Tuesday, June 26, 2007

Happy anniversary, baby

Here's to a couple more years, at least.

Wednesday, June 13, 2007


Thanks to my friends Kim and Amy, I recently had a lovely vacation in Atlanta. Highlights included the Martin Luther King Jr. Center:

The Carter Presidential Library:

Zoo Atlanta:

And the Center for Puppetry Arts, where we saw "Beauty and the Beast" and got creeped out by this giant praying mantis puppet, which was eerily like a recurring nightmare I had as a child. Luckily the puppet did not spit poison like the bug in my dream did. In any case, it was safely behind a Plexiglas box.

We also drank some good coffee, ate some good food, sampled the nightlife, and threw a successful loftwarming party at Amy's new place:

And a lot of the weekend was spent like this: playing with Amy's cats, George and Jonah, and her dog, Ohren.

It was fun and relaxing and hot. The public transportation is totally ass-backwards, but I recommend Atlanta anyway.

For those of you who'd like to send and receive mail from random people around the world but don't want your address posted on the Internets, check out postcrossing. So far I've sent postcards to Portugal, Finland, South Korea and Germany. I'll let you know what treasures I receive.

Also on my mind right now
"I had a cold sore. I put some Carmex on it. Carmex is supposed to heal cold sores. … I don’t know if it does, but it does make them shiny and more noticeable."

--Mitch Hedberg

Sunday, June 3, 2007

Wild blue yonder

This was air show weekend at the local airport. I am media coordinator for the event, which means I get to wander around all day waiting for reporters or photographers to show up.

Our air show isn't a traditional air show, with stunt planes and flying acts set to music and all that, basically because we can't afford it. Ours is a "fly-in," meaning that pilots from around the area — Oklahoma City, Denver, Kansas City — fly in with their cool airplanes and then fly back home at the end of the day. The emphasis is on "warbirds," restored planes from World War II, mostly. The pilots then fly the planes around the airport periodically throughout the day, giving rides to people. The result is a lot less cheesy daredevil stuff and a lot more cool vintage planes.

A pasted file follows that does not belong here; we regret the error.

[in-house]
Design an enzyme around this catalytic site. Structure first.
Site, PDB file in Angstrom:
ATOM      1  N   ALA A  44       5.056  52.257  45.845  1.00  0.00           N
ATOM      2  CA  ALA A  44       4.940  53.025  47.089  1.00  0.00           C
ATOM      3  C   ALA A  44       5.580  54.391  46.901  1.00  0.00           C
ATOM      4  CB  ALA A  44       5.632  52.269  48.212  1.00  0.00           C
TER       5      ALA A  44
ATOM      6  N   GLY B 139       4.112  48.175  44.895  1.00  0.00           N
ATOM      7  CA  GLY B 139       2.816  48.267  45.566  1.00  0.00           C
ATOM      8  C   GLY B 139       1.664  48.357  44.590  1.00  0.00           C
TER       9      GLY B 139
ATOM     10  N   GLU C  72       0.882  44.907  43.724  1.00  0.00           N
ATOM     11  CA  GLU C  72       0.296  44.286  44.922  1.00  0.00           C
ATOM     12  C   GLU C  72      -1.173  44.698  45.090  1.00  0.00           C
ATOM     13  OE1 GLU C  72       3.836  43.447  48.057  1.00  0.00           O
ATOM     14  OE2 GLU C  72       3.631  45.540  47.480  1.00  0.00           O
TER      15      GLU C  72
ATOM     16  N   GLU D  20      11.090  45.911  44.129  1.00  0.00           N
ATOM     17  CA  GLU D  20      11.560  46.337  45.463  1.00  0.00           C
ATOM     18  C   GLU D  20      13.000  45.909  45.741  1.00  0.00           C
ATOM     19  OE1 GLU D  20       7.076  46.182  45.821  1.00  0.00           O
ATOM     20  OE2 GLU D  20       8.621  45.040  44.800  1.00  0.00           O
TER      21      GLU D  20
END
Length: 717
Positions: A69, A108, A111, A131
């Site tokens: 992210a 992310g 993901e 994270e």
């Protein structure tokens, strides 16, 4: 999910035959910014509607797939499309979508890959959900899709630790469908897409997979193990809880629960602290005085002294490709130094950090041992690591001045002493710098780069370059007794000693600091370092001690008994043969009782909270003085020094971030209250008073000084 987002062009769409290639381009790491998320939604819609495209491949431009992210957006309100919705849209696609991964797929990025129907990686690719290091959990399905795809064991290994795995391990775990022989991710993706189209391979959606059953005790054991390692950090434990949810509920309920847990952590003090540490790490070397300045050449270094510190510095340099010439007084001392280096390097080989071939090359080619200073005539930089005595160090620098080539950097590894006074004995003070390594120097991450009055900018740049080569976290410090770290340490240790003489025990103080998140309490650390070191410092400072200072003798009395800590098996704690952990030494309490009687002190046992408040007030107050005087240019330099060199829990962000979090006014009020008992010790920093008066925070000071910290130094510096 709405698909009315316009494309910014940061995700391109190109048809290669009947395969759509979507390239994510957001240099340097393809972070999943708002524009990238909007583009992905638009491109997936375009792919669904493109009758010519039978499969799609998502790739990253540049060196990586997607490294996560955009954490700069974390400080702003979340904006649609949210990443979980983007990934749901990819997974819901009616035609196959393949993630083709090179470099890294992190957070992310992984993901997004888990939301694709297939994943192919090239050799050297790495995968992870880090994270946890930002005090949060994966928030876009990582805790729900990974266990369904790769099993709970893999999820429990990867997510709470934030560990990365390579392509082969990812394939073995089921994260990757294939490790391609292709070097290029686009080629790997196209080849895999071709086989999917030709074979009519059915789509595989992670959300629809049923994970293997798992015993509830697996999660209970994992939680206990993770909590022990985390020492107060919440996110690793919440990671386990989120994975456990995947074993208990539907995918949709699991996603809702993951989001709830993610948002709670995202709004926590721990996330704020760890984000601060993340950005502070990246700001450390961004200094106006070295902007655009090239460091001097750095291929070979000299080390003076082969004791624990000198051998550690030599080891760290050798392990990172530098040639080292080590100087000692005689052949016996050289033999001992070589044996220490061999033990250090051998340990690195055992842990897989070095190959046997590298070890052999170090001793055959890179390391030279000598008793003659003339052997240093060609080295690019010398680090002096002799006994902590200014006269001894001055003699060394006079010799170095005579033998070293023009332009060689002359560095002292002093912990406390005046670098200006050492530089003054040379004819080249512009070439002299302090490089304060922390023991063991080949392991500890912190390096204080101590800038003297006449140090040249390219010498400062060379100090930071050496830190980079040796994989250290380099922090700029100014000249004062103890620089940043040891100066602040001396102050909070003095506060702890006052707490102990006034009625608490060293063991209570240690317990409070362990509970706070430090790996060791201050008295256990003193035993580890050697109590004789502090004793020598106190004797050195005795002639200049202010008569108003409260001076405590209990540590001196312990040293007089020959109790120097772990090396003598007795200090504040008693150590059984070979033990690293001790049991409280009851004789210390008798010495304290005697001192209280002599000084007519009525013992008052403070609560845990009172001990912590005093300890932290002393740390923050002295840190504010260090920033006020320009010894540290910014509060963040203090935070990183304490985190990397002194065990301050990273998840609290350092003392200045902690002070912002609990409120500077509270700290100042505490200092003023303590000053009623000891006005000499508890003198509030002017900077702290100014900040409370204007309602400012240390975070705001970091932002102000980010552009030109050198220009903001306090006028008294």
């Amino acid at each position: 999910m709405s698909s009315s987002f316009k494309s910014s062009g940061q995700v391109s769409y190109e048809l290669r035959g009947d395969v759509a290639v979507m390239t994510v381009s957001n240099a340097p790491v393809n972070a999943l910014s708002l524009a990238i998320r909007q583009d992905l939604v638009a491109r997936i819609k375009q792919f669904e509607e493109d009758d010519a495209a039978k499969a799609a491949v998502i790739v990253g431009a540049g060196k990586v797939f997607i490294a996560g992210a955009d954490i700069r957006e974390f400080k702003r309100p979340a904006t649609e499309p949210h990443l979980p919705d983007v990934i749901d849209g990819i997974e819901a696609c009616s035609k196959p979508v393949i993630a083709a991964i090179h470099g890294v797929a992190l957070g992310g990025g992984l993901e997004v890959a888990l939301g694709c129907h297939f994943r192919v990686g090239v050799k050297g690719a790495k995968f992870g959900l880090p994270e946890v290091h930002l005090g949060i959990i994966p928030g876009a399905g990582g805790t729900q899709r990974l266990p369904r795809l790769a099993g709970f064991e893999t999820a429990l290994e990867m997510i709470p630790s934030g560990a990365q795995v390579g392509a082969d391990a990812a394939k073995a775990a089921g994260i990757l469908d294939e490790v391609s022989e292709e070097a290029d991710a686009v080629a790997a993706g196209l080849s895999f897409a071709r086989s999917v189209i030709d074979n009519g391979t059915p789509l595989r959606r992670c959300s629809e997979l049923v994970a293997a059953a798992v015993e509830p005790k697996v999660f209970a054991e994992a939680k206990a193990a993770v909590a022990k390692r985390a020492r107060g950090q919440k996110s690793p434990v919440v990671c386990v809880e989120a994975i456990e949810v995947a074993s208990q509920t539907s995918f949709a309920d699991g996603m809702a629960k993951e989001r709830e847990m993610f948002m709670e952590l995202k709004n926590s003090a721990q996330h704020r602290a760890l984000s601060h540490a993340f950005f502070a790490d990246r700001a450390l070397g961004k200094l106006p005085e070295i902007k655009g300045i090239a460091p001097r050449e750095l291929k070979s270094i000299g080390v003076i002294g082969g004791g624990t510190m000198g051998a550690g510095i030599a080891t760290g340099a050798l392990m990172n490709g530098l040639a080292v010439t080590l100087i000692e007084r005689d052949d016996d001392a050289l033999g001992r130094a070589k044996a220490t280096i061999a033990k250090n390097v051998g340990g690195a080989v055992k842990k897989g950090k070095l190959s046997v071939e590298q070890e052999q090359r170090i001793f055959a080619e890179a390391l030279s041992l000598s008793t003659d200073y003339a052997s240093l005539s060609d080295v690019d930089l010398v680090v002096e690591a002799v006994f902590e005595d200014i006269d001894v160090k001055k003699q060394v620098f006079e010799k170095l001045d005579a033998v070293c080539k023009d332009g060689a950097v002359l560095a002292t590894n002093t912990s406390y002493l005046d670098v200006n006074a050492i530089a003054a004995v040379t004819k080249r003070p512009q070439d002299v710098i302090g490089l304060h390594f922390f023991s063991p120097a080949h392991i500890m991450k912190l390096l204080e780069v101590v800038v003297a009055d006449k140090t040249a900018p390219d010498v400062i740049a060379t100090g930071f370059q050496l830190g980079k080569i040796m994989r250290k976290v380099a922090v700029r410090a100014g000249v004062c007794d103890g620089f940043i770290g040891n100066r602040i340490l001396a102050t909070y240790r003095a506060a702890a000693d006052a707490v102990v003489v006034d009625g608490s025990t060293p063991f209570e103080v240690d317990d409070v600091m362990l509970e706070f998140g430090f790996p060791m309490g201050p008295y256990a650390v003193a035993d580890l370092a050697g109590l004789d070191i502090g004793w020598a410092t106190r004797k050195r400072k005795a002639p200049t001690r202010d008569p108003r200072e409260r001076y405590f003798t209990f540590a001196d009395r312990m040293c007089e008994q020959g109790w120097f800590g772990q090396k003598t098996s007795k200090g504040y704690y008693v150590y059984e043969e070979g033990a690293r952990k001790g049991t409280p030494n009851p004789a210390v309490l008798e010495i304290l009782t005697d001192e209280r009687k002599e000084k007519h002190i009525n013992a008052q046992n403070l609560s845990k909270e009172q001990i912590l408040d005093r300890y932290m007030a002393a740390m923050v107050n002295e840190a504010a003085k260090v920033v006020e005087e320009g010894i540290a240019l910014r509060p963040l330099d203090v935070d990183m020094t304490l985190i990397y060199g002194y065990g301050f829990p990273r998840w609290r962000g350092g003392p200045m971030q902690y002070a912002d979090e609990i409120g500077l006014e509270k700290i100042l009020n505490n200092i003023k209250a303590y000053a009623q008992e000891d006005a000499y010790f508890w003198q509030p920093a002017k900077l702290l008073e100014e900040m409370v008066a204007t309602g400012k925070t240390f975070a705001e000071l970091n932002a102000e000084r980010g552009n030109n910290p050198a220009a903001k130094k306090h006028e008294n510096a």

I took a short ride this year, but not in a warbird. They had all left at the end of the day when I was talking to a local pilot and he offered to take me up. It was just a little Piper, not as cool as the T-28 I flew in last year:

But I was still happy for the ride. Herb, a fun old guy who helps organize the air show, hopped in the back seat. When we were airborne, the pilot offered to let me take the controls. I've never had much desire to do that, so I said no thanks. Herb poked me and said, "Just try it once." So I grabbed my little steering thing and took over, following the pilot's instructions on when to turn, etc.

As I was making the first turn, he said, "You will want to bring up the nose, though."

I said, "Oh, how do I do that?"



And so, we didn't crash. I made a big circle around the airport and didn't crash the plane. Herb later said I was a natural and asked me if I'd ever considered taking flying lessons. I haven't. And although I found this experience sort of cool, it was hardly the amazing rush that other people report feeling. The greatest part of it for me was that I felt significantly less nauseated when I was doing the steering.

The only other thing I brought home from the air show was a sunburn. Yes, I am stupid. I was wearing capri pants, so only the bottom six inches of my legs are beet-red, making this maybe the most embarrassing sunburn I've ever had. Guess I won't be wearing skirts this week. Also, my forehead is swollen, which reminds me of a sunburn I had when I was 13 and my mom told me I had cooked my brain. Maybe she was right; maybe that's why I forgot the sunscreen.